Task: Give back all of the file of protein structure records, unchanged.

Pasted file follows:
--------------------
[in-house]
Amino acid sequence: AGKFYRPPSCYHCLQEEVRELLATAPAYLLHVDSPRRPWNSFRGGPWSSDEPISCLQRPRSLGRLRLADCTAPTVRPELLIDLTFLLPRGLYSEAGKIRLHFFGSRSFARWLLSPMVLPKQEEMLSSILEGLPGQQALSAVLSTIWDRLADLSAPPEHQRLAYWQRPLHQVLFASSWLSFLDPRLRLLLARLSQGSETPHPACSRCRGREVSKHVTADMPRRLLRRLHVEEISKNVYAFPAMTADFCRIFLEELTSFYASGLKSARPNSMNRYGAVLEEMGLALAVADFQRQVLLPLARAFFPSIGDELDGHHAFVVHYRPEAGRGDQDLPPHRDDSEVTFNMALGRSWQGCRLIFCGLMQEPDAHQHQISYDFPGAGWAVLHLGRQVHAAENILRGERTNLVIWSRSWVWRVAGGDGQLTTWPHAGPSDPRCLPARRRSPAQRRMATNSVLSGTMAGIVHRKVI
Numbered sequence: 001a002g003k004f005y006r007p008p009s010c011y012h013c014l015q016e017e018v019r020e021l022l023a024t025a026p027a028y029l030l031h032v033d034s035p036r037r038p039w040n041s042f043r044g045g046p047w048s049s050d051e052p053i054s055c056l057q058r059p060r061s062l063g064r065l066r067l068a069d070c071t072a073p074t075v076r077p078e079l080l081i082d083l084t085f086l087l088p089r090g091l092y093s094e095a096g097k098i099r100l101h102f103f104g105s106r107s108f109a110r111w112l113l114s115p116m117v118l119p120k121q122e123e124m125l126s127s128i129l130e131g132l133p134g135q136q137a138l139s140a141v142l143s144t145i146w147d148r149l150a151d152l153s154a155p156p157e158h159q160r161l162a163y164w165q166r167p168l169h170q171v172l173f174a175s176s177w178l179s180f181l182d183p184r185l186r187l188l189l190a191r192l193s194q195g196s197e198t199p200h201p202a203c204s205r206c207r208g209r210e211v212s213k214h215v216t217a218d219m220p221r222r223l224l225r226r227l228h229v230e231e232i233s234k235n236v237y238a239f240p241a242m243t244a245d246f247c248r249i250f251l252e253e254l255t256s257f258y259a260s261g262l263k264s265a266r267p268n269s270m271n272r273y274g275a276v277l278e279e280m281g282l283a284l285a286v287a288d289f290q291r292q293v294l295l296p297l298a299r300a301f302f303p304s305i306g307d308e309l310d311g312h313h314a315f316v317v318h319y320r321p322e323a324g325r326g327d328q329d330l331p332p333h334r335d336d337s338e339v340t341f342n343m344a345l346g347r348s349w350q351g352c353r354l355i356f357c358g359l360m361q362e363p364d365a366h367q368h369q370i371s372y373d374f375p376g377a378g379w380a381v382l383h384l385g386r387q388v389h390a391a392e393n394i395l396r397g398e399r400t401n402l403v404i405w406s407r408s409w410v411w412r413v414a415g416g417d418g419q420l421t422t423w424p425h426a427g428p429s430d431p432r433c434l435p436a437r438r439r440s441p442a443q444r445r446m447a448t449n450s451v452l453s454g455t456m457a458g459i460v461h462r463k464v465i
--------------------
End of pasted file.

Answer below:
[in-house]
Amino acid sequence: AGKFYRPPSCYHCLQEEVRELLATAPAYLLHVDSPRRPWNSFRGGPWSSDEPISCLQRPRSLGRLRLADCTAPTVRPELLIDLTFLLPRGLYSEAGKIRLHFFGSRSFARWLLSPMVLPKQEEMLSSILEGLPGQQALSAVLSTIWDRLADLSAPPEHQRLAYWQRPLHQVLFASSWLSFLDPRLRLLLARLSQGSETPHPACSRCRGREVSKHVTADMPRRLLRRLHVEEISKNVYAFPAMTADFCRIFLEELTSFYASGLKSARPNSMNRYGAVLEEMGLALAVADFQRQVLLPLARAFFPSIGDELDGHHAFVVHYRPEAGRGDQDLPPHRDDSEVTFNMALGRSWQGCRLIFCGLMQEPDAHQHQISYDFPGAGWAVLHLGRQVHAAENILRGERTNLVIWSRSWVWRVAGGDGQLTTWPHAGPSDPRCLPARRRSPAQRRMATNSVLSGTMAGIVHRKVI
Numbered sequence: 001a002g003k004f005y006r007p008p009s010c011y012h013c014l015q016e017e018v019r020e021l022l023a024t025a026p027a028y029l030l031h032v033d034s035p036r037r038p039w040n041s042f043r044g045g046p047w048s049s050d051e052p053i054s055c056l057q058r059p060r061s062l063g064r065l066r067l068a069d070c071t072a073p074t075v076r077p078e079l080l081i082d083l084t085f086l087l088p089r090g091l092y093s094e095a096g097k098i099r100l101h102f103f104g105s106r107s108f109a110r111w112l113l114s115p116m117v118l119p120k121q122e123e124m125l126s127s128i129l130e131g132l133p134g135q136q137a138l139s140a141v142l143s144t145i146w147d148r149l150a151d152l153s154a155p156p157e158h159q160r161l162a163y164w165q166r167p168l169h170q171v172l173f174a175s176s177w178l179s180f181l182d183p184r185l186r187l188l189l190a191r192l193s194q195g196s197e198t199p200h201p202a203c204s205r206c207r208g209r210e211v212s213k214h215v216t217a218d219m220p221r222r223l224l225r226r227l228h229v230e231e232i233s234k235n236v237y238a239f240p241a242m243t244a245d246f247c248r249i250f251l252e253e254l255t256s257f258y259a260s261g262l263k264s265a266r267p268n269s270m271n272r273y274g275a276v277l278e279e280m281g282l283a284l285a286v287a288d289f290q291r292q293v294l295l296p297l298a299r300a301f302f303p304s305i306g307d308e309l310d311g312h313h314a315f316v317v318h319y320r321p322e323a324g325r326g327d328q329d330l331p332p333h334r335d336d337s338e339v340t341f342n343m344a345l346g347r348s349w350q351g352c353r354l355i356f357c358g359l360m361q362e363p364d365a366h367q368h369q370i371s372y373d374f375p376g377a378g379w380a381v382l383h384l385g386r387q388v389h390a391a392e393n394i395l396r397g398e399r400t401n402l403v404i405w406s407r408s409w410v411w412r413v414a415g416g417d418g419q420l421t422t423w424p425h426a427g428p429s430d431p432r433c434l435p436a437r438r439r440s441p442a443q444r445r446m447a448t449n450s451v452l453s454g455t456m457a458g459i460v461h462r463k464v465i